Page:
Movie Review: “The Lazarus Effect” Is Heart Pounding Horror

Photos by Relativity Media, Daniel McFadden

In last year's Luc Besson sci-fi summer thriller, “Lucy,” Scarlett Johansson’s character is able to access 100% of her brain after taking a substance called CPH4. Twist that concept into a science experiment; add some demonic traits and you have “The Lazarus Effect;” the latest horror film from Blumhouse Productions. Documentary director, David Gelb (“Jiro Dreams of Sushi”) and co-writers, Jeremy Slater (“Fantastic Four”) and Luke Dawson (“Shutter) properly follow the “and then there was one” scenario; hitting the blood-curdling bullseye. This 83-minute fright ride is well cast with impressive petrifying special effects, makeup and all the right scares around all the right corners. 

In a culture obsessed with zombies and super-natural elements, “humans coming back from the dead” is an incredibly popular storyline. In this case, a group of researchers led by Frank (Mark Duplass) and his fiancée Zoe (Olivia Wilde) are working 24/7 on a revolutionary resuscitation grant experiment that essentially brings the dead back to life. Just as the young scientists finally succeed in resurrecting a dog, their project is unexpectedly shut down. Refusing to walk away from four years of painstaking work, the team of five sneak back into their lab to duplicate their victorious canine revival. But one electric shortage and an accidental electrocution changes them forever.

Who knew the stunning actress and face of Revlon could make for such a terrifying demon? After Olivia Wilde’s character is electrocuted, her fiancé is determined to bring her back with their very own experiment. Moments later, Zoe’s heart is pumping again, but her brain activity is abnormal. Reading minds, moving objects, transporting others into her nightmares. The lab is quickly transformed into a hunting ground for Zoe’s new demonic persona.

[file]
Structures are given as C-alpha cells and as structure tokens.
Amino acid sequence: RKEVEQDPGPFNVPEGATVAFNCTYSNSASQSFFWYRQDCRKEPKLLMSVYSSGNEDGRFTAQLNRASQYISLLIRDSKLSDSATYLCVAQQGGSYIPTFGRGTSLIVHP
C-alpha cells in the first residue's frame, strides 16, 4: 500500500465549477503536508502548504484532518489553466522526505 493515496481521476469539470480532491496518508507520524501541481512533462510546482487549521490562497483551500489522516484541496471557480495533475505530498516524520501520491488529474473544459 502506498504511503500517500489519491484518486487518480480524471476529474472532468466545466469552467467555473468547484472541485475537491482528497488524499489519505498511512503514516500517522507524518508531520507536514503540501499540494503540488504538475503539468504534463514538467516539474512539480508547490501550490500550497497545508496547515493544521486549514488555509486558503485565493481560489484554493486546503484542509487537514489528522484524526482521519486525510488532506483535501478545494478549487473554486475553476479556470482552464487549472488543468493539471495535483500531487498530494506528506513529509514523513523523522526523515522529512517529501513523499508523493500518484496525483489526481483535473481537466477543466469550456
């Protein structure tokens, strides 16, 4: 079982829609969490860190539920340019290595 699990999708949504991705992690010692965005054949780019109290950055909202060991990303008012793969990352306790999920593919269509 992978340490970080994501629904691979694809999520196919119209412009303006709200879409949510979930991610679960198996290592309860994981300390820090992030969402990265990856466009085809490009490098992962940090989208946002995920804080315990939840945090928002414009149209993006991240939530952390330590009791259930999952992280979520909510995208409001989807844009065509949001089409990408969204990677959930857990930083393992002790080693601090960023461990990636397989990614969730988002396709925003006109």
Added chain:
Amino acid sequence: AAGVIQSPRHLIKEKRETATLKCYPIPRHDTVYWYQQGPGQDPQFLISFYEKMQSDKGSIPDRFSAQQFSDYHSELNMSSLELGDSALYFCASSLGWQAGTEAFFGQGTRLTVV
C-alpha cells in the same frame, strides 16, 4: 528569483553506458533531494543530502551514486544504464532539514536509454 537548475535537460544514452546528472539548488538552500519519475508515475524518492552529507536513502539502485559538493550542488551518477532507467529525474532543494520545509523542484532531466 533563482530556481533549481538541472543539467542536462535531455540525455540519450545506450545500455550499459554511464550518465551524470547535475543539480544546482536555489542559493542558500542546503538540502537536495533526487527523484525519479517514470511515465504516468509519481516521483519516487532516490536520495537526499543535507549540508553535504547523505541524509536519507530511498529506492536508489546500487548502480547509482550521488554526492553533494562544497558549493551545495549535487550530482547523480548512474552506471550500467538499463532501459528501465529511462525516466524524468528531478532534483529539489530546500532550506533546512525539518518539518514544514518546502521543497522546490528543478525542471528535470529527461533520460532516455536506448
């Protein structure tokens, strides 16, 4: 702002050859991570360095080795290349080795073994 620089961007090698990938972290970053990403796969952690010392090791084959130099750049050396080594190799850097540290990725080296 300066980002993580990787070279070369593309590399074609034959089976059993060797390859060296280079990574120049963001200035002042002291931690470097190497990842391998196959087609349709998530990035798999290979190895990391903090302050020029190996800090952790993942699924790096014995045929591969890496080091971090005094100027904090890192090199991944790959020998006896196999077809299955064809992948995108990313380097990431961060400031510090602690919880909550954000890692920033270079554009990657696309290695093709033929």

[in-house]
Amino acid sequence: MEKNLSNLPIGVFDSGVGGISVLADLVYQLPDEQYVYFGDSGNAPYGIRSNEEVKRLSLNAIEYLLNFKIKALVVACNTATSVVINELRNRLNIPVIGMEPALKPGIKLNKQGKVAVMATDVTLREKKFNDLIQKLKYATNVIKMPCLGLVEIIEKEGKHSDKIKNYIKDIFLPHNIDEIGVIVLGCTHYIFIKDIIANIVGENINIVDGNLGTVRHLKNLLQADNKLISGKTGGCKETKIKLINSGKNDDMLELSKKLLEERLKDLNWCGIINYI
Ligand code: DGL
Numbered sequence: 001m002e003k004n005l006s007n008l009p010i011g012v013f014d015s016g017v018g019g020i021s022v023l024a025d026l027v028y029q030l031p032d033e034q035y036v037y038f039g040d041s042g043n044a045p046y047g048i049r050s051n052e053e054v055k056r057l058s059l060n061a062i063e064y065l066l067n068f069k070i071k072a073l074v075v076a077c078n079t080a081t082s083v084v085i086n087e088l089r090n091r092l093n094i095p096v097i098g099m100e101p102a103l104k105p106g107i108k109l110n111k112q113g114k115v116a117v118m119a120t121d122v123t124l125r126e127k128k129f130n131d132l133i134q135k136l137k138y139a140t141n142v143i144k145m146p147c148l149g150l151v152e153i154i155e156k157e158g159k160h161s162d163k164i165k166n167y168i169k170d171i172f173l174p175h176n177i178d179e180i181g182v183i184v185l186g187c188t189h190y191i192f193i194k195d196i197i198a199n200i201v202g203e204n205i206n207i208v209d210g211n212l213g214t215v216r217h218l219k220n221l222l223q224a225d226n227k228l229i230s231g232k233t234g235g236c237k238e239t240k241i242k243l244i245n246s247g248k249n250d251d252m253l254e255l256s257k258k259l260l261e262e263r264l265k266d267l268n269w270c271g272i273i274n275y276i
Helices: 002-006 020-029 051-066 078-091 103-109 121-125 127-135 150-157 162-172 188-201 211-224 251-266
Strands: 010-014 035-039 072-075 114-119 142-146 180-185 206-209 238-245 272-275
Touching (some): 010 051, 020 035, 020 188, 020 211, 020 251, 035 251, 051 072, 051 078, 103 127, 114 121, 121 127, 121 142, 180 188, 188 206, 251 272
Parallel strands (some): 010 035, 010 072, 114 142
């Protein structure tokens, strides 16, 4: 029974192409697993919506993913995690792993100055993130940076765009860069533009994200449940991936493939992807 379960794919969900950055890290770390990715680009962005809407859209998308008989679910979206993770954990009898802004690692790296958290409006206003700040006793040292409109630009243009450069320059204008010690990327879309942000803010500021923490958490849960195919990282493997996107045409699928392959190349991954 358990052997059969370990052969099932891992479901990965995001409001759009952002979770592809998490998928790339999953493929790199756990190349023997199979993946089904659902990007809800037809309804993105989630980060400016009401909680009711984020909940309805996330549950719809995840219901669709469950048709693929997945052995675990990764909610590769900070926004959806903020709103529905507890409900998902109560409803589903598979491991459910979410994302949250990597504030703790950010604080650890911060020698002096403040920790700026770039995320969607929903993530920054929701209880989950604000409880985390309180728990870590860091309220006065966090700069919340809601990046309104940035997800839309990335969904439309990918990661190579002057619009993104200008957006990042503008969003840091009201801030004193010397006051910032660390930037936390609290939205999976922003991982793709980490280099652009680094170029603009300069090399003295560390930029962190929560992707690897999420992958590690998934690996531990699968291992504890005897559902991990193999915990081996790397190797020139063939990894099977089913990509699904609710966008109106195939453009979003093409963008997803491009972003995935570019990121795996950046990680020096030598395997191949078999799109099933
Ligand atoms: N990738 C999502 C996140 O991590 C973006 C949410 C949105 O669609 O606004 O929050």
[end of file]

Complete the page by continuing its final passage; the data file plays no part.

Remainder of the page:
“The Lazarus Effect” has everything a good horror film needs, from the comic relief, wonderfully delivered by Evan Peters (“American Horror Story”) to the naive and heroic pretty girl, Sarah Bolger (“Once Upon A Time”). Indie king filmmaker and actor, Mark Duplass is great as the workaholic scientist. Donald Glover (“Community”) does a fine job playing Niko, the sweet sidekick with good morals. But the real kudos go to Olivia Wilde for juggling “hot girl” and “horrifying demon.” With the help of special effects makeup designer, Justin Raleigh, Wilde turned into a devilish fiend.

Director, David Gelb has all the right hair-raising tones, from the insane asylum neon lighting to the jump scares.

For some guaranteed screams, seat-jumping and sleep deprivation, “The Lazarus Effect” does the trick.

By Pamela Price

Rated PG-13 for intense sequences of horror violence, terror and some sexual references 

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